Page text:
Like clockwork every Friday afternoon this summer the state Department of Transportation sends out a notification via Twitter of traffic backups/delays east bound on Interstate 90 through Kittitas County, and every Sunday the DOT sends a similar notice on traffic backups/delays, west bound on I-90.

There are some variations, if there’s an collision or vehicle breakdown the delays are longer.

But regardless of the weekend — whether over a holiday or with a Gorge concert — there will be a half hour to two hours-plus of delays on I-90.

Of all the changes over the past 20 years, traffic on I-90 is one of the more noticeable.

The other reoccurring feature this summer has been calls to Kittcom from residents on roads like Upper Peoh Point Road, complaining of increased traffic driving at high rates of speed attempting to circumvent I-90 congestion.

There was a hope, perhaps naive, that the “alternate route” traffic would decrease after the major segments of the I-90 construction project were completed. That has not proven to be the case.

The county has attempted to discourage this traffic with patrols and signage, but there is a lot of flow to control.

The issue is not just that people living on those roads moved there for the quieter pace, but that the roads themselves are not designed as I-90 alternate routes. They are not supposed to be high speed and all those roads are characterized by driveway access points — and no one wants to back out or pull out of their driveway into I-90 style traffic.

All this is happening during a period of significant investment in I-90, including increasing its capacity by gradually extending portions of the interstate to three lanes.

A three-lane I-90 through Kittitas County might help, but we all know how long it takes and how much it costs to increase even short segments of the interstate from two to three lanes. It is not realistic to look to that as a fix anytime in the foreseeable future.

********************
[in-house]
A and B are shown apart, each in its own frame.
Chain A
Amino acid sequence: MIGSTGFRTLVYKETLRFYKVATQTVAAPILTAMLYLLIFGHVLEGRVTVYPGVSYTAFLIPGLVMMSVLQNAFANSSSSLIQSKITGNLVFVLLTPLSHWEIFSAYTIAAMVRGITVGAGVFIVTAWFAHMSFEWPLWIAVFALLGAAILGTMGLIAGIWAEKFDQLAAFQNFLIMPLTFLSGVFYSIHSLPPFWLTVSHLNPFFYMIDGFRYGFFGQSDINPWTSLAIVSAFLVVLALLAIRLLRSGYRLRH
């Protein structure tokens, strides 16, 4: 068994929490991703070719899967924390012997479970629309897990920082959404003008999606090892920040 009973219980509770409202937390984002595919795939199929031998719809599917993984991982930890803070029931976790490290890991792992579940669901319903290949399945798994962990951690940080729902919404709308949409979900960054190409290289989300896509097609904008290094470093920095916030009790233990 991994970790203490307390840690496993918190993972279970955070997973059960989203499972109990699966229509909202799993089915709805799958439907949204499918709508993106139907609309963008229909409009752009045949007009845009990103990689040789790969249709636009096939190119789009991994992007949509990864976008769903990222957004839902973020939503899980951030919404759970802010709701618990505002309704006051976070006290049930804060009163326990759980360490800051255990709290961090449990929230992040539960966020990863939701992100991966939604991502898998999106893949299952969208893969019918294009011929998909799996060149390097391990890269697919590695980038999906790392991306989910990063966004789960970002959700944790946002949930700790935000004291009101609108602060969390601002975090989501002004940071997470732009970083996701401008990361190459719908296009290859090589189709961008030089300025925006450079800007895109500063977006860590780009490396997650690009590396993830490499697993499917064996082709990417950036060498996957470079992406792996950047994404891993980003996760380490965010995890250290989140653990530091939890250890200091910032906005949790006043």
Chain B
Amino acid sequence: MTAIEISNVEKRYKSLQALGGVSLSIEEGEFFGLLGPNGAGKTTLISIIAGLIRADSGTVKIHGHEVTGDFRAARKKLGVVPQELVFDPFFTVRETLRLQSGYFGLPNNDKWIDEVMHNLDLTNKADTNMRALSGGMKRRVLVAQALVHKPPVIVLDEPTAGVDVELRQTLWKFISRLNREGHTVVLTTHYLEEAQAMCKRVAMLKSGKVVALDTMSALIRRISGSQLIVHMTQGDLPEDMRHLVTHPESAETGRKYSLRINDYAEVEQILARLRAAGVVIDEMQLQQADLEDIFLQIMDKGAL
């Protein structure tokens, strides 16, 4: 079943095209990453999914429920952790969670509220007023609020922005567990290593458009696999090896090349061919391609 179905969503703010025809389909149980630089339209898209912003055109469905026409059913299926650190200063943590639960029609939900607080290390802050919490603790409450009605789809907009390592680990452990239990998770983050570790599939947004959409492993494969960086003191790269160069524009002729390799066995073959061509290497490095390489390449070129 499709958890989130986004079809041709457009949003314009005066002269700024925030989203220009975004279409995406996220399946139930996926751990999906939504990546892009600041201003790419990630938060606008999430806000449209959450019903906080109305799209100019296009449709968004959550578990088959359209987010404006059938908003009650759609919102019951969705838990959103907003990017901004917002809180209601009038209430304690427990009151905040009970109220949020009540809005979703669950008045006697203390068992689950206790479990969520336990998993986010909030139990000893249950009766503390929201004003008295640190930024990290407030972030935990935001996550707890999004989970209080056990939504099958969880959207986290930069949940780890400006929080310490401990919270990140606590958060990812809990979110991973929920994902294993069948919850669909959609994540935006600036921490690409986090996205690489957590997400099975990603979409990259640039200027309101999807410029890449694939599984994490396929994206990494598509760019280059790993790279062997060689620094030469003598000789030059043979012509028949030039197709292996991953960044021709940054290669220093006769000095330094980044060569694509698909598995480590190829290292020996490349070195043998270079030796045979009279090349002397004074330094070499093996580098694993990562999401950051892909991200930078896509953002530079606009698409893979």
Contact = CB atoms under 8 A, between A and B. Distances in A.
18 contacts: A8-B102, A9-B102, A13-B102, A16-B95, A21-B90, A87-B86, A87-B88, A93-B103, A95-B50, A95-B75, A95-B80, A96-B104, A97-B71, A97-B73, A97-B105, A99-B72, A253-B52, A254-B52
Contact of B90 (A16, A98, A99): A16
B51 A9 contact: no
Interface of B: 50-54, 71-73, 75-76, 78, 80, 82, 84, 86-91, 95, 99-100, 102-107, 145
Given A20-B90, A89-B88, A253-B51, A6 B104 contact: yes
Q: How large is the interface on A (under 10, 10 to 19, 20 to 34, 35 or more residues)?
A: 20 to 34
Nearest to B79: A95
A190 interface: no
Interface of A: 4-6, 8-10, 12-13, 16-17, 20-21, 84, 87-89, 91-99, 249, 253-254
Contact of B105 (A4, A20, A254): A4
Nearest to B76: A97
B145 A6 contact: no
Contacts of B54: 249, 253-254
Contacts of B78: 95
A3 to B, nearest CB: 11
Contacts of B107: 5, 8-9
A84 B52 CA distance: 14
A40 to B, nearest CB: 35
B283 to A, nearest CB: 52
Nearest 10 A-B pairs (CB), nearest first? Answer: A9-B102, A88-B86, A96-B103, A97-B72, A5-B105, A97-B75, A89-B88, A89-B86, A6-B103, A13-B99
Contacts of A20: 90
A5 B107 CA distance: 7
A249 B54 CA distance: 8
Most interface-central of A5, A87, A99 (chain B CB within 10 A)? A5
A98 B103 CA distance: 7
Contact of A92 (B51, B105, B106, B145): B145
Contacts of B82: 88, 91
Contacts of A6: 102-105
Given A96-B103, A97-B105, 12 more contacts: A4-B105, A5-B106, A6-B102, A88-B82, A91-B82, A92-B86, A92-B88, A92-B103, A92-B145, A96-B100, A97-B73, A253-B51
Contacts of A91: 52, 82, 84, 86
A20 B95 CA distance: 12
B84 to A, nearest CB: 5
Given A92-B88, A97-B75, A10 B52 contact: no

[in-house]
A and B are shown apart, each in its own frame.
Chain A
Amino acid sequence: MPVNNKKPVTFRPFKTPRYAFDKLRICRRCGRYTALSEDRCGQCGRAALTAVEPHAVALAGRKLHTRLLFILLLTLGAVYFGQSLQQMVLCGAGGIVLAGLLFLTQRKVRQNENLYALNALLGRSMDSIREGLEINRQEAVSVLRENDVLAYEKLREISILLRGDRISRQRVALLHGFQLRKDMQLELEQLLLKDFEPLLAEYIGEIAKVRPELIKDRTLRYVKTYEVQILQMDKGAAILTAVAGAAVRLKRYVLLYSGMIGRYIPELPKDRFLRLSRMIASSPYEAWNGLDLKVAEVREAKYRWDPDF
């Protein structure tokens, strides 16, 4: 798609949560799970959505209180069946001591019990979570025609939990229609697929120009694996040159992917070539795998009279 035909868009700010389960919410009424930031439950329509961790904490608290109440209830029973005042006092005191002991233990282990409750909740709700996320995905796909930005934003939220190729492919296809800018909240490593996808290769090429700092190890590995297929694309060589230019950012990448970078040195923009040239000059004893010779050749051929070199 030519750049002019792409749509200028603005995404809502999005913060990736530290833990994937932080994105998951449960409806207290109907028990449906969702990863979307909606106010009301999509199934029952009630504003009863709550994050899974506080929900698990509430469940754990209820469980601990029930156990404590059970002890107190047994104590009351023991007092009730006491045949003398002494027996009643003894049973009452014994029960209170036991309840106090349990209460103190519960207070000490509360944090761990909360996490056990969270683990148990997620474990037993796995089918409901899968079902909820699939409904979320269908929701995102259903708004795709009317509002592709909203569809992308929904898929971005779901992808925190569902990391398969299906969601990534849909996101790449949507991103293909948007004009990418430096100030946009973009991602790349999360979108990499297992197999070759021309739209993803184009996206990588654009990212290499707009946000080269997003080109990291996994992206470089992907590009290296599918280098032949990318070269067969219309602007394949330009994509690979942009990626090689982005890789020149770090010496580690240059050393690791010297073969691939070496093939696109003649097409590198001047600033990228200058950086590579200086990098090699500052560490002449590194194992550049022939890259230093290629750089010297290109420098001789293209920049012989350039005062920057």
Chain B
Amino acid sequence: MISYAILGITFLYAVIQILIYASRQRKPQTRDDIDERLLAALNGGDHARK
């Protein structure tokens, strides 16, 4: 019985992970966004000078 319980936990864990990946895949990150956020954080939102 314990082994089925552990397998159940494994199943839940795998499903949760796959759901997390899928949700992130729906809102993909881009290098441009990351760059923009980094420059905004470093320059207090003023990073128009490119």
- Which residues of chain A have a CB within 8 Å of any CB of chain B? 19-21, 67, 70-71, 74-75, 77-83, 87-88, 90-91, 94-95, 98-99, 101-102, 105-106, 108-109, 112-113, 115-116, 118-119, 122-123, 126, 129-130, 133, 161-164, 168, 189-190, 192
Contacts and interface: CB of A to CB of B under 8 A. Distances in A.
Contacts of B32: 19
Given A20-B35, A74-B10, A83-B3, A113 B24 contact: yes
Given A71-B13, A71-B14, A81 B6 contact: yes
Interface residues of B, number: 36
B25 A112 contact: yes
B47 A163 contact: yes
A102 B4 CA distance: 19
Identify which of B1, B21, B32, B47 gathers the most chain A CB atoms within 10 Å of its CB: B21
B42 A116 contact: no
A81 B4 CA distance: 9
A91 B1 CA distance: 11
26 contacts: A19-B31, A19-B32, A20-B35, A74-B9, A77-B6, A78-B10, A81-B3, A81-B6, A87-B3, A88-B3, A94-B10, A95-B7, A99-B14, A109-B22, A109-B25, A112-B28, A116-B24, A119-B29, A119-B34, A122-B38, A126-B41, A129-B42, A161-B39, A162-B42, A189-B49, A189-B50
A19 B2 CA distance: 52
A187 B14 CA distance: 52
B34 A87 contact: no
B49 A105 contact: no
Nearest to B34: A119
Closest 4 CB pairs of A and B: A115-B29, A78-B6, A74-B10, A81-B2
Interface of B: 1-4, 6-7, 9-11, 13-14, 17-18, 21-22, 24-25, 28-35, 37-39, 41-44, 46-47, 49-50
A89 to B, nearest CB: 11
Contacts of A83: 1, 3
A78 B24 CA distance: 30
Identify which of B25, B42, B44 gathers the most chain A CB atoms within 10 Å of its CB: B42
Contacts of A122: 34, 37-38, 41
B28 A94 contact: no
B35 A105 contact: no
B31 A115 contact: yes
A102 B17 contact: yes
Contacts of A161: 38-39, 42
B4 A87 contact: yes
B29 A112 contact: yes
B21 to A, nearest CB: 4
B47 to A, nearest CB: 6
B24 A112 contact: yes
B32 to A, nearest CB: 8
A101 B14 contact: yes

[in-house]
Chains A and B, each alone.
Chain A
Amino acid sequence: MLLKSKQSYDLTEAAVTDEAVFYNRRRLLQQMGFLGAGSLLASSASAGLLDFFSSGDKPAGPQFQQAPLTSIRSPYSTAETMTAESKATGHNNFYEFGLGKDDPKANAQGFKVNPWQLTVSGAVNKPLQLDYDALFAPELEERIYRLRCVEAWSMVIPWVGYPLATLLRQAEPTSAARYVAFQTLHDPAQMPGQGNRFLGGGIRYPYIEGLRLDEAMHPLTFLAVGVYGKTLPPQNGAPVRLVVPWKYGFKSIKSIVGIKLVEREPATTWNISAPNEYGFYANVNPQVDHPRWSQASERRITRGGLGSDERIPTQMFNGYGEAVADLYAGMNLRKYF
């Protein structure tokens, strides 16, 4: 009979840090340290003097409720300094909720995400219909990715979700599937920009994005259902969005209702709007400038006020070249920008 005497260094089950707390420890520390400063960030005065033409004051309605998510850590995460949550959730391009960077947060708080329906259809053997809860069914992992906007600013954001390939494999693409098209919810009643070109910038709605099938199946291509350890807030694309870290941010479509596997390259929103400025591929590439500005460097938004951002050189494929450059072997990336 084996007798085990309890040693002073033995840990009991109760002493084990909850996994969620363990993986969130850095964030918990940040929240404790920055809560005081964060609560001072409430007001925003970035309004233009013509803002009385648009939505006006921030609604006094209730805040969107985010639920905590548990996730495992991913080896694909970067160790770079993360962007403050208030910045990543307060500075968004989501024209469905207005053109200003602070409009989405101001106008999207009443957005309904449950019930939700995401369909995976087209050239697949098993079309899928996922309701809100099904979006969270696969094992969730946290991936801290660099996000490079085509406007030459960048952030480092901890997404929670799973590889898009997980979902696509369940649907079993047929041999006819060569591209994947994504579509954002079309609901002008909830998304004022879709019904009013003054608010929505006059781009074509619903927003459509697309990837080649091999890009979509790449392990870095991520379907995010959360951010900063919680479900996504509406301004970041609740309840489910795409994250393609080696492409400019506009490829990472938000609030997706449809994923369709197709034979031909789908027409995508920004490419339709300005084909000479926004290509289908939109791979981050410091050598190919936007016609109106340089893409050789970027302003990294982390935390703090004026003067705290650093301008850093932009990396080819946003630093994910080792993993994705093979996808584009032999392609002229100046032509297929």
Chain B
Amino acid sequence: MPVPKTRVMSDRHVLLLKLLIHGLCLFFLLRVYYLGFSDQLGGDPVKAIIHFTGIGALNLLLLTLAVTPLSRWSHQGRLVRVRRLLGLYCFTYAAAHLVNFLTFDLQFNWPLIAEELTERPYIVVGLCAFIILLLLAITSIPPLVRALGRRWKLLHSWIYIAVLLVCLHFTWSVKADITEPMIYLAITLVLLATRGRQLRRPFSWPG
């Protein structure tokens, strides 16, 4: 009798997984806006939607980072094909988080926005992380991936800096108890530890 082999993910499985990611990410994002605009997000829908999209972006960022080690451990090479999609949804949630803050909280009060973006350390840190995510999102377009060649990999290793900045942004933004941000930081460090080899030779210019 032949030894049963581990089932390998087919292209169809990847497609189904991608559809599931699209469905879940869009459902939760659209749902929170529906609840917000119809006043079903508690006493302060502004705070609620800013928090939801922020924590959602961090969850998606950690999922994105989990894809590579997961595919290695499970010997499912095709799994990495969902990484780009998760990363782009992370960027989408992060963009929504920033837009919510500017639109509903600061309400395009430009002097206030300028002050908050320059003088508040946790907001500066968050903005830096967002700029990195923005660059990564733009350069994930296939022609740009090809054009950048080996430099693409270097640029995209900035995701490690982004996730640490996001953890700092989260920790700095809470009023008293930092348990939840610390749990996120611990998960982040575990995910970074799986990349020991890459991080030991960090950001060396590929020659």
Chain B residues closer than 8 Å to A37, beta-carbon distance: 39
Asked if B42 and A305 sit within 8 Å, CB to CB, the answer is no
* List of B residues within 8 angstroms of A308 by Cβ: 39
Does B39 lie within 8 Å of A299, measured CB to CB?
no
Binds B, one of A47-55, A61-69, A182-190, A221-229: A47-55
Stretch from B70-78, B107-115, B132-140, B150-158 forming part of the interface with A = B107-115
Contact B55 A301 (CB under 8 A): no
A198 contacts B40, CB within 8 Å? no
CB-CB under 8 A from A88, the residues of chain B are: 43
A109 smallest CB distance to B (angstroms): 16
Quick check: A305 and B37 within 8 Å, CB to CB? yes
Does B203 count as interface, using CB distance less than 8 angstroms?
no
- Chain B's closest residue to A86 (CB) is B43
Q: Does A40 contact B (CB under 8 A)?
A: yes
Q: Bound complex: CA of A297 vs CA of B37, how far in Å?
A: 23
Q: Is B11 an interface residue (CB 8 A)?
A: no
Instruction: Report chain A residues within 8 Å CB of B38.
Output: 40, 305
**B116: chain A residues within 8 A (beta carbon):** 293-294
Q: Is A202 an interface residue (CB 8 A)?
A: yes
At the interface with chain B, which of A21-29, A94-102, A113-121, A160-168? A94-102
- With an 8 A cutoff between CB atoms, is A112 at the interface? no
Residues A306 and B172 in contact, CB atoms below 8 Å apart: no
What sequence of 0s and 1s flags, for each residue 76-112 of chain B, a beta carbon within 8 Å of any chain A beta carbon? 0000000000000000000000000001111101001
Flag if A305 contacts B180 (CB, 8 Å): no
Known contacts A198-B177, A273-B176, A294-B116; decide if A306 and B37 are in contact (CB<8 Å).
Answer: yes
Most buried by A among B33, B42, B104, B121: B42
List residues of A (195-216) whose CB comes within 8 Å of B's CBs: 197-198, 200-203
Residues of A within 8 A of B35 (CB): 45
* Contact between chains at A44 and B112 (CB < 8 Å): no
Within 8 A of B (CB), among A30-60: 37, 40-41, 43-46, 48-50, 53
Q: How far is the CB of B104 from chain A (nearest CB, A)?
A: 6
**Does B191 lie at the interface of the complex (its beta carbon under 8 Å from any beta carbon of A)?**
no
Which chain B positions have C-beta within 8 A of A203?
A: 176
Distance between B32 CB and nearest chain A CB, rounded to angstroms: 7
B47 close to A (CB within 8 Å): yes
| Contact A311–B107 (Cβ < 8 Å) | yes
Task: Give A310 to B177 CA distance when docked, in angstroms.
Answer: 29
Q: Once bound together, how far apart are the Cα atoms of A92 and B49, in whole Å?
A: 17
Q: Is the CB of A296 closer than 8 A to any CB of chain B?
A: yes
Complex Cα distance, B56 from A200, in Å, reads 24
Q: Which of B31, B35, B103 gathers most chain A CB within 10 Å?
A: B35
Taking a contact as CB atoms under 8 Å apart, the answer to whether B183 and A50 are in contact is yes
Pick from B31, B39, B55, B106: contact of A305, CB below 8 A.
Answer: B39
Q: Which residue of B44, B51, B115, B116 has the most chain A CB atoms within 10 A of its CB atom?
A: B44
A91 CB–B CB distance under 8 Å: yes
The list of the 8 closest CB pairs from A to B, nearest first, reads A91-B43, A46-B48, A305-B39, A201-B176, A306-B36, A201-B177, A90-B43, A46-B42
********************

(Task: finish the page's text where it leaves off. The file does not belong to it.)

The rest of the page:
That puts it back into the traffic management category. The Kittitas County Sheriff’s Office can and has done emphasis patrols — extra manpower on high-volume weekends. But long term it becomes a question of whether we, as taxpayers, want our Sheriff’s Office to put that much investment in manpower on traffic and speed control. We must also keep in mind that on these busy weekends, the sheriff sees increased demands across the board (and the county).

The best-case scenario is a solution that manages and decreases the traffic so that less enforcement is needed.

At first glance, the proposals to close or restrict I-90 off-ramps seem to have some problems — locals use the ramps as well. Also, eliminating alternate route traffic will add to the congestion on I-90. But maybe there is a way or system that can be installed.

If you look to the West Side for solutions (not necessarily a good idea), toll lanes seem to be the flavor of the day.

While tolls lanes are in effect during weekday rush hours in Seattle, they’d be in effect on weekends on I-90. But a toll lane would need to be a third lane to be feasible. Conversely, maybe the county could make the alternate routes toll roads, give people with addresses on the roads passes and charge $100 a vehicle for the privilege of bypassing traffic. That idea might be wishful thinking but it’s fun to contemplate.

There is no simple solution, but ideas need to be explored. Traffic levels likely will continue to increase. If we want to maintain the quality of life people enjoy in the rural areas it is going to take a concentrated effort.

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